Is it more important to care about the characters in a romance than other genres? I don't think so. But I definitely cared about the characters in Love Caters All. And not just the romantic leads. Here's how the book describes itself:
When hard-driving CEO Rick Nordan arrives in Lobster Cove under strict orders from the family doctor to take a break, he discovers the rental house comes with a family attached, including one sexy dynamo of a caterer. She's nothing like his ex-fiancee who wouldn't sign a pre-nup, but maybe that means she's the real deal and not a gold digger.
Maya Cruz wants life for her widowed mother to get easier by renting out her house during the summer. But teaching Mama business means explaining Rick isn't a "guest," he's a "customer." And the first thing Mama does is invite Rick to join their family activities. Having Rick around wouldn't be so bad if Maya didn't find him so attractive. The last time she fell for a vacationing millionaire, she had her heart broken.
She swore off his type, and he's not looking, but this might be a recipe for love.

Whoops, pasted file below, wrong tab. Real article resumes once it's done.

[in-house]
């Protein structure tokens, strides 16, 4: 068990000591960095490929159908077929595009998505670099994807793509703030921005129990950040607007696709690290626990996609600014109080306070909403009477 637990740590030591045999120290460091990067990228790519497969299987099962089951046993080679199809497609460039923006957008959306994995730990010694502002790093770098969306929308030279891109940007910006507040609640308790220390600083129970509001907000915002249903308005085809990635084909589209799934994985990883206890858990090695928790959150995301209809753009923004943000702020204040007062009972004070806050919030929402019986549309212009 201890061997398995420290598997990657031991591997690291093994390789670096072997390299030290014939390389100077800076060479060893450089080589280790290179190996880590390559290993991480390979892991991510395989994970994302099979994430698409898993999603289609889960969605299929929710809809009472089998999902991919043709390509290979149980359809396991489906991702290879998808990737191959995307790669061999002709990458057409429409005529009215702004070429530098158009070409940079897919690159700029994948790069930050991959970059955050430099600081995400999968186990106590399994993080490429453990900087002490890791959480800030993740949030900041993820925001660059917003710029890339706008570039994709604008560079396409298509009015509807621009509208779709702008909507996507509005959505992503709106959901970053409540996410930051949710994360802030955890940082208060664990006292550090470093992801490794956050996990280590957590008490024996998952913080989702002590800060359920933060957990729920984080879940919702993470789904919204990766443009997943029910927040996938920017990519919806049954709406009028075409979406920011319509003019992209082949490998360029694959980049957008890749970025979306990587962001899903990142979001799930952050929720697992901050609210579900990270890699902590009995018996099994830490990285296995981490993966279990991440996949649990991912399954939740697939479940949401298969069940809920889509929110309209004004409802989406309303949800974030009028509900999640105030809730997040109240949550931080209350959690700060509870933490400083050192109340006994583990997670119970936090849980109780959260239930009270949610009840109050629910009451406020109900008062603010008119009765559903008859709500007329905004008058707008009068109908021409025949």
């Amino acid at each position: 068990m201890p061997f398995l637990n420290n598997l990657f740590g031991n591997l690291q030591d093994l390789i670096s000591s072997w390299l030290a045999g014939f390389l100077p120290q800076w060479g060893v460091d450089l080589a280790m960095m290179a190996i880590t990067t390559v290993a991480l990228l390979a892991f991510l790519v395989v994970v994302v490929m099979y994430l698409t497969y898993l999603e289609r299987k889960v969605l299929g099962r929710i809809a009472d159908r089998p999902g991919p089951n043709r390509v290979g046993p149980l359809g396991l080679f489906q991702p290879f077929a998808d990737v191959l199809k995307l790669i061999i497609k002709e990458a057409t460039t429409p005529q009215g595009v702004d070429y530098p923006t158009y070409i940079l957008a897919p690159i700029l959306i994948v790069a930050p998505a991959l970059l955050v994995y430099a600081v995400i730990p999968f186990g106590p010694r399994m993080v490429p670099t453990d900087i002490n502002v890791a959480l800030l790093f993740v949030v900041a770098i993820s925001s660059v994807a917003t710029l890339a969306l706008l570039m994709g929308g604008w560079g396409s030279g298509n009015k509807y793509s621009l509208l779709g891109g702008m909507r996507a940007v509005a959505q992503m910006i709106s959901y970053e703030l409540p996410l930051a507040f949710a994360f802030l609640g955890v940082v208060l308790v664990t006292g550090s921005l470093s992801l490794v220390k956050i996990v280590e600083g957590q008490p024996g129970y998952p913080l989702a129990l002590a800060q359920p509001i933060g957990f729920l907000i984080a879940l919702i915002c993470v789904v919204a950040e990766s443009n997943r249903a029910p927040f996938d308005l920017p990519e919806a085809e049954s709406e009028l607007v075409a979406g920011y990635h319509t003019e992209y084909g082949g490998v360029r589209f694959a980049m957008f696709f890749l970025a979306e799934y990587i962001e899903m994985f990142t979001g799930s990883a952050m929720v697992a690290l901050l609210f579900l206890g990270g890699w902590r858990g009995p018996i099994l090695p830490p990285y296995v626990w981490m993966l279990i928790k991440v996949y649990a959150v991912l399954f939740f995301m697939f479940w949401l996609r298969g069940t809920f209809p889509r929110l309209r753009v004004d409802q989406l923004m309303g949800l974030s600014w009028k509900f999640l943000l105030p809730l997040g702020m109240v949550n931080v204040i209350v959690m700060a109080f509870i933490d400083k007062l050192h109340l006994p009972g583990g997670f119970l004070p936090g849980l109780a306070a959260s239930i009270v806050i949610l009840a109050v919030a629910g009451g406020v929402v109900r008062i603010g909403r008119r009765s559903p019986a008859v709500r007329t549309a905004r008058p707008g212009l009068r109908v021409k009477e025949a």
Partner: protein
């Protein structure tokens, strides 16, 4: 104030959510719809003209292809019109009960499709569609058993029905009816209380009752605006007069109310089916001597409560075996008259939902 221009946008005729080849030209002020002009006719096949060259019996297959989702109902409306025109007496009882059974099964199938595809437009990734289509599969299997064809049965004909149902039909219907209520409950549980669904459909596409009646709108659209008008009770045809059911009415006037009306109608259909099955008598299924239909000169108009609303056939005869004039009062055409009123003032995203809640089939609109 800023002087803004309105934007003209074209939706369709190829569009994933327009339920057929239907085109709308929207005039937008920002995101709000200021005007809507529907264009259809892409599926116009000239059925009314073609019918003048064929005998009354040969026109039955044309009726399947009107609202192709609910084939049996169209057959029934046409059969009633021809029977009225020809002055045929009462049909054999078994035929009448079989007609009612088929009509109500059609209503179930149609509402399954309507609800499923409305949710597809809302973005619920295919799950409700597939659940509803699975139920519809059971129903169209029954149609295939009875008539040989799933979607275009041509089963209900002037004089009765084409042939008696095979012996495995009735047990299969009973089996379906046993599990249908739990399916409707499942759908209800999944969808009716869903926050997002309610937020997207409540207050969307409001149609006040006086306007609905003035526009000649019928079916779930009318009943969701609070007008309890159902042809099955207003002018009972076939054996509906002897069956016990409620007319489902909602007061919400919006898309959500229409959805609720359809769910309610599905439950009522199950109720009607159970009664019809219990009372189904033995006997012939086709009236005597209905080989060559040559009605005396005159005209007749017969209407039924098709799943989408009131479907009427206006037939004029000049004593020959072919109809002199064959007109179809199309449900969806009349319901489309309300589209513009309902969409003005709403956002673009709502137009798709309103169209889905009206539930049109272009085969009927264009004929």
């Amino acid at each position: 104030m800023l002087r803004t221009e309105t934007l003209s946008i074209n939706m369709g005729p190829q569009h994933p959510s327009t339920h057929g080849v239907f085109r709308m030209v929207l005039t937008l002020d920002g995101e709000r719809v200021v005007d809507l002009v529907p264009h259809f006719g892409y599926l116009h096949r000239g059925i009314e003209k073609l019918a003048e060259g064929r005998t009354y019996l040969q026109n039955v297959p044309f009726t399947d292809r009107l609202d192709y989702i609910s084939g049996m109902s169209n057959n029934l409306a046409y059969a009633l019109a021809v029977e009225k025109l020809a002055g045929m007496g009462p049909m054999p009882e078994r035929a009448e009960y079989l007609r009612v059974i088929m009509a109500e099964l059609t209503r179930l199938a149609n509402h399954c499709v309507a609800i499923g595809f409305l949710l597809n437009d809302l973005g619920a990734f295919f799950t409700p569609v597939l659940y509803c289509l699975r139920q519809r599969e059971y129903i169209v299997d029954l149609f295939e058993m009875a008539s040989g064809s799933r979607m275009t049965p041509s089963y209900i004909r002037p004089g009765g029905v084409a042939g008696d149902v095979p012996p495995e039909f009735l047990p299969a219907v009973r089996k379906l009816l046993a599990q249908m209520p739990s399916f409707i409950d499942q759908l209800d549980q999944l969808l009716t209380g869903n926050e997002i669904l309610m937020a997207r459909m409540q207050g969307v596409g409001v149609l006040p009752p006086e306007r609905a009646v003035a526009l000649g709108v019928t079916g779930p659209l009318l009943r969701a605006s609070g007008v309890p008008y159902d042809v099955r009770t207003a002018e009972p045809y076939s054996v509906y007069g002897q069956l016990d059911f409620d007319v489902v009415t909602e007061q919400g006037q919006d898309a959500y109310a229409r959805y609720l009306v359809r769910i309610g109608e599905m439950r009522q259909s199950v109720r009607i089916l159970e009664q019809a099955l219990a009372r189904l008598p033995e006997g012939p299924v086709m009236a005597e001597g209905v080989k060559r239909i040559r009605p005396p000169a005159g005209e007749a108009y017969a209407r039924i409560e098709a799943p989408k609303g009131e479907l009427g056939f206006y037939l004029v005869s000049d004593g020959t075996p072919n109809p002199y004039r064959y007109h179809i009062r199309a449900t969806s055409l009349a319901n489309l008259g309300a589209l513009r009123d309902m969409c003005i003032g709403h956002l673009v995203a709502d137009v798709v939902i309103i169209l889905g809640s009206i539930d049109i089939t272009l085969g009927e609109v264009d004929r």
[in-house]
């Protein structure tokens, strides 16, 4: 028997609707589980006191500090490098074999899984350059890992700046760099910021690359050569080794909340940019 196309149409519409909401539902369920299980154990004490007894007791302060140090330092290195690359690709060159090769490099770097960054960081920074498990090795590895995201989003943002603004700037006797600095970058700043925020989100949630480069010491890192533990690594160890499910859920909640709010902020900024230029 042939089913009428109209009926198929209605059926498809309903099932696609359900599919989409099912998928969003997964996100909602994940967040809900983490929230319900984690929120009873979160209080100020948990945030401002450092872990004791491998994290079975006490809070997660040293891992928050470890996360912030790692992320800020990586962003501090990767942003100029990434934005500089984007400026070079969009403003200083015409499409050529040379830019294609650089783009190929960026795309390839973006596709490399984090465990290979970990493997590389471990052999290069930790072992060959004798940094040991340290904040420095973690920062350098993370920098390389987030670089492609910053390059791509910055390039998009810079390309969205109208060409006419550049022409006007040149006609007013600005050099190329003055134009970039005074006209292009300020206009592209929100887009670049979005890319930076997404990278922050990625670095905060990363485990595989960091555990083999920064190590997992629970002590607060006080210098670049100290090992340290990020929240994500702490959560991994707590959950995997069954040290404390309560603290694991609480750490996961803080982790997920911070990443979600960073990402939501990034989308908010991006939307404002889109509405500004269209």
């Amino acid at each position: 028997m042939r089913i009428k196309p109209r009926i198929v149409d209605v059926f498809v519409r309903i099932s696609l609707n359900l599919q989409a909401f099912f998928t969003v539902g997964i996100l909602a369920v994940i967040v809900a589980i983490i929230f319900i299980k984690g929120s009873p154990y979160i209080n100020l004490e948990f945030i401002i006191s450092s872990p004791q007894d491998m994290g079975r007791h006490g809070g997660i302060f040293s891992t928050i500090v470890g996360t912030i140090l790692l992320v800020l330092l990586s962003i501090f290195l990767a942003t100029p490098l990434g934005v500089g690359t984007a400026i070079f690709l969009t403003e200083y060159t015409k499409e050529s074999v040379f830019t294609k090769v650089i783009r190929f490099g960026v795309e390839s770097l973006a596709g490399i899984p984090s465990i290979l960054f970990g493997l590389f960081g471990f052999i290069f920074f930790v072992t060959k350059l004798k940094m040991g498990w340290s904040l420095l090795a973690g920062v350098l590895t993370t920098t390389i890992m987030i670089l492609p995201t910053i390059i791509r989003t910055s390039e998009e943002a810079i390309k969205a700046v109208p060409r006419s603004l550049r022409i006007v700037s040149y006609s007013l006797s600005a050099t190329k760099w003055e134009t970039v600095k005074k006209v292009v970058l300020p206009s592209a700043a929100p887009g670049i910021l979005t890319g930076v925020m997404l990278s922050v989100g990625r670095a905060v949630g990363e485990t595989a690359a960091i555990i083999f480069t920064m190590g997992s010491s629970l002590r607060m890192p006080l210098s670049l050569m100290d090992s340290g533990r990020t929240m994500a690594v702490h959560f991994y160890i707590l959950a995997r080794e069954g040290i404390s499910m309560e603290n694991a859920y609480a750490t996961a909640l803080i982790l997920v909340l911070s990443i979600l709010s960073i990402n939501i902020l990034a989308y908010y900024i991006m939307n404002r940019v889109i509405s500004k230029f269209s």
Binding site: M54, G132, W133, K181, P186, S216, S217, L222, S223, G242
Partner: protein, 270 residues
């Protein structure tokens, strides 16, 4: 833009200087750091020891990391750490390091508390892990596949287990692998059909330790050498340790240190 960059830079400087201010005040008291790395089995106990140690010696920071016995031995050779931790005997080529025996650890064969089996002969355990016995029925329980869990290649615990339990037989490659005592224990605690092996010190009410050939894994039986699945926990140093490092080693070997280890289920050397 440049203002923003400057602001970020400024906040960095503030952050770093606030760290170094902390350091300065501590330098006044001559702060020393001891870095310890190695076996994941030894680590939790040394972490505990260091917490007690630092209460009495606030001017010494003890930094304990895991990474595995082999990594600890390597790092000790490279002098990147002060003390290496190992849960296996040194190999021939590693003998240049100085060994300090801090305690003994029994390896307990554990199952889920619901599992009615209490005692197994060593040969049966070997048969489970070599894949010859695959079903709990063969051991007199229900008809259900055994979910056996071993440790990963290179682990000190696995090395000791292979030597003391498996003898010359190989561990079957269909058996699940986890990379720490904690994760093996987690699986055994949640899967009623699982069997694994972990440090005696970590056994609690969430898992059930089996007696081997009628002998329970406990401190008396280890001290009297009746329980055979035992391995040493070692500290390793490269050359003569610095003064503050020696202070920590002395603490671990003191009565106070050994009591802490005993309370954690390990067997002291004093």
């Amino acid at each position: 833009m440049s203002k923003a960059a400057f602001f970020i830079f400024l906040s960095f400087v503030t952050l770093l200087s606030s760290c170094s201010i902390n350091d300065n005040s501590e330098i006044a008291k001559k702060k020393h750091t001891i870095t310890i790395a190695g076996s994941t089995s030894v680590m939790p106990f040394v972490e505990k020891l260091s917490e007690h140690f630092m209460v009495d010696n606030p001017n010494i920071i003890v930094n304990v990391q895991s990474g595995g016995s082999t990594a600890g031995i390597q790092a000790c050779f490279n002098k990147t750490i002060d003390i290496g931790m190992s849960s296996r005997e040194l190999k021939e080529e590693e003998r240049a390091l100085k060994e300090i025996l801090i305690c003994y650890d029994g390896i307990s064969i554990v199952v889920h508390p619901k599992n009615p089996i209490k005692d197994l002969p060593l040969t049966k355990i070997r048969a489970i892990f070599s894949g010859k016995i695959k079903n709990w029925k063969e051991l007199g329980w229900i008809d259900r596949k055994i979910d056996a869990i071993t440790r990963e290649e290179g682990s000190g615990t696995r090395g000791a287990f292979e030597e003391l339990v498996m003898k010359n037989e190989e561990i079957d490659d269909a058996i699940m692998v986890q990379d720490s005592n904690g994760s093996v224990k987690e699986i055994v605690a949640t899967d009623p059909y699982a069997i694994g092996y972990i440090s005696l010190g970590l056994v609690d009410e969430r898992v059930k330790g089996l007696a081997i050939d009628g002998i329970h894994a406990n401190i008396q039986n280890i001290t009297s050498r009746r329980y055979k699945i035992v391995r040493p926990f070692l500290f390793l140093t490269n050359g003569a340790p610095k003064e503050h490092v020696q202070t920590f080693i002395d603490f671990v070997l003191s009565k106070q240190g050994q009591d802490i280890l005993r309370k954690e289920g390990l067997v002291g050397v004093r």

Okay, we've talked about this before with romances. Does it matter that we know on page 1 or 2 that the guy gets the girl? Or vice versa? Of course not. Romances, by definition, strongly "hint" at a happy ending. Us romance readers know that going in. But can the author still make us wonder if it will happen? What if the "leads" have a fling and then separate? Do we know for 100% sure that they will get back together? It's up to the author to make us have doubts. And Nicci does. I loved Rick and Maya together, and I also worried that they might not have the happy ending we all want and expect. Read it to find out what happens in Love Caters All. And then tell me that you didn't do some laughing, crying, and even some cheering. Because if you tell me that, I won't believe you!
COMPARISON TO MARY KAY ANDREWS: In 2014, I got an ARC of Mary Kay Andrews' Save the Date. This is the 1st book I've read from the nationally renowned romance author. And I say: "Ho Hum." I liked it well enough (2.5/4), and it was decently written. But did I care a lot about the characters? Not really. She's definitely no Nicci Carrera...or Jasmine Haynes...or Joan Swan...or...